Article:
Objective: We assessed the relationship between chronic diseases and risk for depression in old age.
Method: MEDLINE, EMBASE, The Cochrane Library database were used to identify potential studies. All of the clinical studies that obtained data on the association between chronic diseases and risk of depression among individuals aged 55 years or older were identified and included in this review. The studies were classified into cross-sectional and longitudinal subsets. The quantitative meta-analysis of cross-sectional studies and that of longitudinal studies were preformed, respectively. For prevalence and incidence rates of depression, odds risk (OR) and relative risk (RR) were calculated, respectively.
Results: Since all but one study found in the search was for individuals 60 years of age or over, we assessed and report on results for this larger group only. 24 cross-sectional and 7 prospective longitudinal studies were included in this review. The quantitative meta-analysis showed that, among chronic diseases, stroke, loss of hearing, loss of vision, cardiac disease or chronic lung disease had both a significant OR and RR for increased depression in old age; arthritis, hypertension or diabetes had a significant OR but an un-significant RR for increased depression in old age; and gastrointestinal disease had neither a significant OR nor a significant RR for increased depression in old age.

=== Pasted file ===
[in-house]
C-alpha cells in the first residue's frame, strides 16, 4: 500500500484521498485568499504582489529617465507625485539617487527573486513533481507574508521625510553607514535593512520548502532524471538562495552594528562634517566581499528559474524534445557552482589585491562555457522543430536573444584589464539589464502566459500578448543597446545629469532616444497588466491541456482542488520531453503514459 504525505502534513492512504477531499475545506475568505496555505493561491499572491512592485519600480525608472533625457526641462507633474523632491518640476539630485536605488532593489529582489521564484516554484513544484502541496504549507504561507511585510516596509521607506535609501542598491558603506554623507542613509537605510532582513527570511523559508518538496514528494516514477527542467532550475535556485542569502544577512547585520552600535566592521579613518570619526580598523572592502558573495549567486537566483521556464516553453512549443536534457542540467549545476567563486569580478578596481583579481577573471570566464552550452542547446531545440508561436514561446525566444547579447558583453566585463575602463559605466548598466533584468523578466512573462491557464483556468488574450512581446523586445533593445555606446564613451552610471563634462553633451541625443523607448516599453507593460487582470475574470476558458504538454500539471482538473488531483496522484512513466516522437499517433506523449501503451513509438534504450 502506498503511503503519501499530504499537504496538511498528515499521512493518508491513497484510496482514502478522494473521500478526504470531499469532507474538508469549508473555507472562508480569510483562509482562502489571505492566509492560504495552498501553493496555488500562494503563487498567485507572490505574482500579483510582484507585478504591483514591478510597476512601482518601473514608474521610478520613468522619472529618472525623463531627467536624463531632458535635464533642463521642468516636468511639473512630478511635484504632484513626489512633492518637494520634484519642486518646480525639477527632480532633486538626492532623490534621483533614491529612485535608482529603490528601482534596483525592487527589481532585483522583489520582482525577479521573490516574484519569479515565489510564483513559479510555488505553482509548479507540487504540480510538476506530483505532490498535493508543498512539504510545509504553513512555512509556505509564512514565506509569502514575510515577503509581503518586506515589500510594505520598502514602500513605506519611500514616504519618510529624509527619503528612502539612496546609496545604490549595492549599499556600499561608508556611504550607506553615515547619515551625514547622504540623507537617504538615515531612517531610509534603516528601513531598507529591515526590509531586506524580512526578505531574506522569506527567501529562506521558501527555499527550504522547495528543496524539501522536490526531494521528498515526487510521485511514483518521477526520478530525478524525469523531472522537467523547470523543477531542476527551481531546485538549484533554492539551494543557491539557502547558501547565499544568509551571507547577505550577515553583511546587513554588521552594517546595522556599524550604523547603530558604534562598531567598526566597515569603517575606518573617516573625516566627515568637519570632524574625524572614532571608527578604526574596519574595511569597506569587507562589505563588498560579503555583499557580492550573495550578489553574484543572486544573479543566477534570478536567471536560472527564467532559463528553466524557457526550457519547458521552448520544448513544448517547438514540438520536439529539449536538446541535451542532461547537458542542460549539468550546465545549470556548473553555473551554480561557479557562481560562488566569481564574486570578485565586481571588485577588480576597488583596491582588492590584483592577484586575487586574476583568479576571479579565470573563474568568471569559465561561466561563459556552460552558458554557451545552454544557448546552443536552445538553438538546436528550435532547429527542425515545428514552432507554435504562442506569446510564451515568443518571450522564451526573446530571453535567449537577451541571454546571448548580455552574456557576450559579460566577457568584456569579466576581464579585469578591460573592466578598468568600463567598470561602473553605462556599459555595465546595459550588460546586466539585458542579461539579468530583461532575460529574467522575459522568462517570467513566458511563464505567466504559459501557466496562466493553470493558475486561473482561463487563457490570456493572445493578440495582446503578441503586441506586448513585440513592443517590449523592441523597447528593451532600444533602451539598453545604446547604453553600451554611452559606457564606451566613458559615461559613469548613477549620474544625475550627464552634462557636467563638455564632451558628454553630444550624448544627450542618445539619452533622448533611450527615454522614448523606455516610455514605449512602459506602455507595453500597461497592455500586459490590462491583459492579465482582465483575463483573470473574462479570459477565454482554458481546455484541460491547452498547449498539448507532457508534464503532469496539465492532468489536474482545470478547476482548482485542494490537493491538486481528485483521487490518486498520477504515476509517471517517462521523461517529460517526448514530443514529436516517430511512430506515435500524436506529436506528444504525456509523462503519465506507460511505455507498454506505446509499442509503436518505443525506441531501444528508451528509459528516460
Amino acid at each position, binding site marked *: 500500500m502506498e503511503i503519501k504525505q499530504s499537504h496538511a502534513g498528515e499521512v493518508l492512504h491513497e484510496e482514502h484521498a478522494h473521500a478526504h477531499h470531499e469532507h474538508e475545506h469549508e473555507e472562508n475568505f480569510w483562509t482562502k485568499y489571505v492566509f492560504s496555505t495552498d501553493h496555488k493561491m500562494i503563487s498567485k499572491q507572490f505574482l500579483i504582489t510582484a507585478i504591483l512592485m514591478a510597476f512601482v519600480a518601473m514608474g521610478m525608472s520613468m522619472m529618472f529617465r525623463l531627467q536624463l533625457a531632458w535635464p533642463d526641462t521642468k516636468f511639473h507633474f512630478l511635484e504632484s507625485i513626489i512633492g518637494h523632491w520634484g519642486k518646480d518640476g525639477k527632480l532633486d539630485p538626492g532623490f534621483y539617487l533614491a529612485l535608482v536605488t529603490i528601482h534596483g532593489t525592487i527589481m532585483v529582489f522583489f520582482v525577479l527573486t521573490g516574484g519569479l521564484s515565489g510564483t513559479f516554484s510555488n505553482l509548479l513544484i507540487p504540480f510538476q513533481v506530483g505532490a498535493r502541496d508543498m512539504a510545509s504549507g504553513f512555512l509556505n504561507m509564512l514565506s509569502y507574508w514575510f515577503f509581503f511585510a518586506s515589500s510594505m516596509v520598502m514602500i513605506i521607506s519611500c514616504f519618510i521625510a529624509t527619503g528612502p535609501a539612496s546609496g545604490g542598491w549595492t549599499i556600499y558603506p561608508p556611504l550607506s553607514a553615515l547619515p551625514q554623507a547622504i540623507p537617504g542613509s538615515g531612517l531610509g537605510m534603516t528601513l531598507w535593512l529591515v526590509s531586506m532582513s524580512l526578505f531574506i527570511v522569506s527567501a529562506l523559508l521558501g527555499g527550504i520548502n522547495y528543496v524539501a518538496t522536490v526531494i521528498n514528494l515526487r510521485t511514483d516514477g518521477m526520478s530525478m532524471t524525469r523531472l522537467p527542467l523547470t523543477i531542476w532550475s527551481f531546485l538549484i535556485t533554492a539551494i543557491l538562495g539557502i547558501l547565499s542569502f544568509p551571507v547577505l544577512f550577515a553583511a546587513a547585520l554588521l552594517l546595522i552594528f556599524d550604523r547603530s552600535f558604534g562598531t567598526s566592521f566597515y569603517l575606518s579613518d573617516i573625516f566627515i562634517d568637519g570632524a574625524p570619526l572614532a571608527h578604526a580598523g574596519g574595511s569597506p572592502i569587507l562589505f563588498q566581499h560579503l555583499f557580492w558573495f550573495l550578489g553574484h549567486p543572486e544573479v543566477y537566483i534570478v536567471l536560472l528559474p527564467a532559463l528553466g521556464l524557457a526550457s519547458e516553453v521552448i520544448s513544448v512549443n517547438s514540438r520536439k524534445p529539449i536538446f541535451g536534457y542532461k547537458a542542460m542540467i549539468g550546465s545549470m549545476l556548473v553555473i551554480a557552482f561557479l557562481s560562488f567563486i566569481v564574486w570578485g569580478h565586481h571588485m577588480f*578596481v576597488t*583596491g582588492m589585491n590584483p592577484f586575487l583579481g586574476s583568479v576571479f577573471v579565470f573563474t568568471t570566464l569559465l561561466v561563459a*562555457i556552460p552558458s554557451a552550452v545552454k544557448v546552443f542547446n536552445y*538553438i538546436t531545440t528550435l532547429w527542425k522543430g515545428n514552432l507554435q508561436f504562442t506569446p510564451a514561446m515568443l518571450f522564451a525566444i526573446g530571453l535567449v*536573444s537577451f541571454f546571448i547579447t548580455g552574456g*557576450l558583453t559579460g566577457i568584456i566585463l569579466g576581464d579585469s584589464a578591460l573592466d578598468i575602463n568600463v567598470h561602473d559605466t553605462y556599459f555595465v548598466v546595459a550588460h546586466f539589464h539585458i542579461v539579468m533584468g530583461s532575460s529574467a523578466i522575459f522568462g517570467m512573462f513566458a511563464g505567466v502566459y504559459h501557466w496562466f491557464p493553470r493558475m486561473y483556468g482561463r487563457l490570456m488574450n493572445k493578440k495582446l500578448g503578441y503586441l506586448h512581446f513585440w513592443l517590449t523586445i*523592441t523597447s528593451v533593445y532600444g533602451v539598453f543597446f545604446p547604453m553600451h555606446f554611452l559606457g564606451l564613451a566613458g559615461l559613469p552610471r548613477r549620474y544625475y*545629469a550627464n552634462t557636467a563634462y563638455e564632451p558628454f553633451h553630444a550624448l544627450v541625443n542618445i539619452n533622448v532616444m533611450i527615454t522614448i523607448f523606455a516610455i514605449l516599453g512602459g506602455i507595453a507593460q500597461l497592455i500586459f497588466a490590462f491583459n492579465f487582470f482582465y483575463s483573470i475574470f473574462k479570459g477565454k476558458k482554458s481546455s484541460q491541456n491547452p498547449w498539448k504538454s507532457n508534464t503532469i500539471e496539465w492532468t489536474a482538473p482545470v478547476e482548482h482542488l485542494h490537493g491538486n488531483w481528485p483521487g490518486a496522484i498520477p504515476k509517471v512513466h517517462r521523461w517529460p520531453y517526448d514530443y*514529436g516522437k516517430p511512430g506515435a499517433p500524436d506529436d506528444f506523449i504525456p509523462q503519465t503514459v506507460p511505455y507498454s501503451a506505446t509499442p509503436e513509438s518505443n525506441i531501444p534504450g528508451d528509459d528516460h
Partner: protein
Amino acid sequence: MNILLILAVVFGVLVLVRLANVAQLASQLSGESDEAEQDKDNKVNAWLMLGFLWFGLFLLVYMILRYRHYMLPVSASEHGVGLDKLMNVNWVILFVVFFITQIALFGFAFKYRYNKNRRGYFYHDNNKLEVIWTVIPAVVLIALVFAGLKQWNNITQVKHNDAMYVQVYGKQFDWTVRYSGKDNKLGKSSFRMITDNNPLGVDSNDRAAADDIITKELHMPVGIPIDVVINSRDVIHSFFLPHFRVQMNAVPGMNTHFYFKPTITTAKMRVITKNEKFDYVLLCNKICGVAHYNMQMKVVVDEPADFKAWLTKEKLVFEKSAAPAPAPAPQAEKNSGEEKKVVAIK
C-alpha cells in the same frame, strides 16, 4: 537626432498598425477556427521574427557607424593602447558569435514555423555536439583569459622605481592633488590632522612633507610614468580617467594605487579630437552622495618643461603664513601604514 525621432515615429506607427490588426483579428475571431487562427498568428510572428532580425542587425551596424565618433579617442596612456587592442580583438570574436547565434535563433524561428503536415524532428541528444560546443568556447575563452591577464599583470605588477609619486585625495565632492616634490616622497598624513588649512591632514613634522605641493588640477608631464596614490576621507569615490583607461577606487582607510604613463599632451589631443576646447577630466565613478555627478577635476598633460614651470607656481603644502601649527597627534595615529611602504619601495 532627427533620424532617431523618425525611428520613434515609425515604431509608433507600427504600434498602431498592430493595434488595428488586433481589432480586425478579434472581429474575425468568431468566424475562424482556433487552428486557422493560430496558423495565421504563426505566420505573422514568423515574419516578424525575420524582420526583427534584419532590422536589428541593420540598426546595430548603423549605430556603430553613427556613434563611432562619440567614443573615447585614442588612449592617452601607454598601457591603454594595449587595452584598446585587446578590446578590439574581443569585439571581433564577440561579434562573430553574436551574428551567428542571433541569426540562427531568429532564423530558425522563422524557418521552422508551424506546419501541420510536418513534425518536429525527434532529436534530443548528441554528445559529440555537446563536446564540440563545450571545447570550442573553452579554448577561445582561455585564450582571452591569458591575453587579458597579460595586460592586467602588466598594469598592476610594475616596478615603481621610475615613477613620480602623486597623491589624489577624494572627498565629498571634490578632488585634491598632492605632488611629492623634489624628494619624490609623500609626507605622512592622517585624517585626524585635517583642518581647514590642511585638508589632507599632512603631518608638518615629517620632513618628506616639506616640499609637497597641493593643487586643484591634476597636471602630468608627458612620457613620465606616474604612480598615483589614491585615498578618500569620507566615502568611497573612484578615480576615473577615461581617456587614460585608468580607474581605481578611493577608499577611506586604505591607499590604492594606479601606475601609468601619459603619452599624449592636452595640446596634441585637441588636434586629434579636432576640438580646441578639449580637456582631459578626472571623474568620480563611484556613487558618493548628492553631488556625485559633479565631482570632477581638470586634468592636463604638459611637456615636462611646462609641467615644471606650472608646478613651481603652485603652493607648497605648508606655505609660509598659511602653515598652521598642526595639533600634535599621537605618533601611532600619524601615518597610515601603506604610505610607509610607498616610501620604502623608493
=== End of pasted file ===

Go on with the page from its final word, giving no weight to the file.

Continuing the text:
Conclusions: We concluded here that in old age, the associations of depression with some chronic diseases were definite; among these chronic diseases, stroke, loss of hearing, loss of vision, cardiac disease and chronic lung disease were risk factors for increased depression, but it should be further investigated whether arthritis, hypertension and diabetes were risk factors for increased depression or not.
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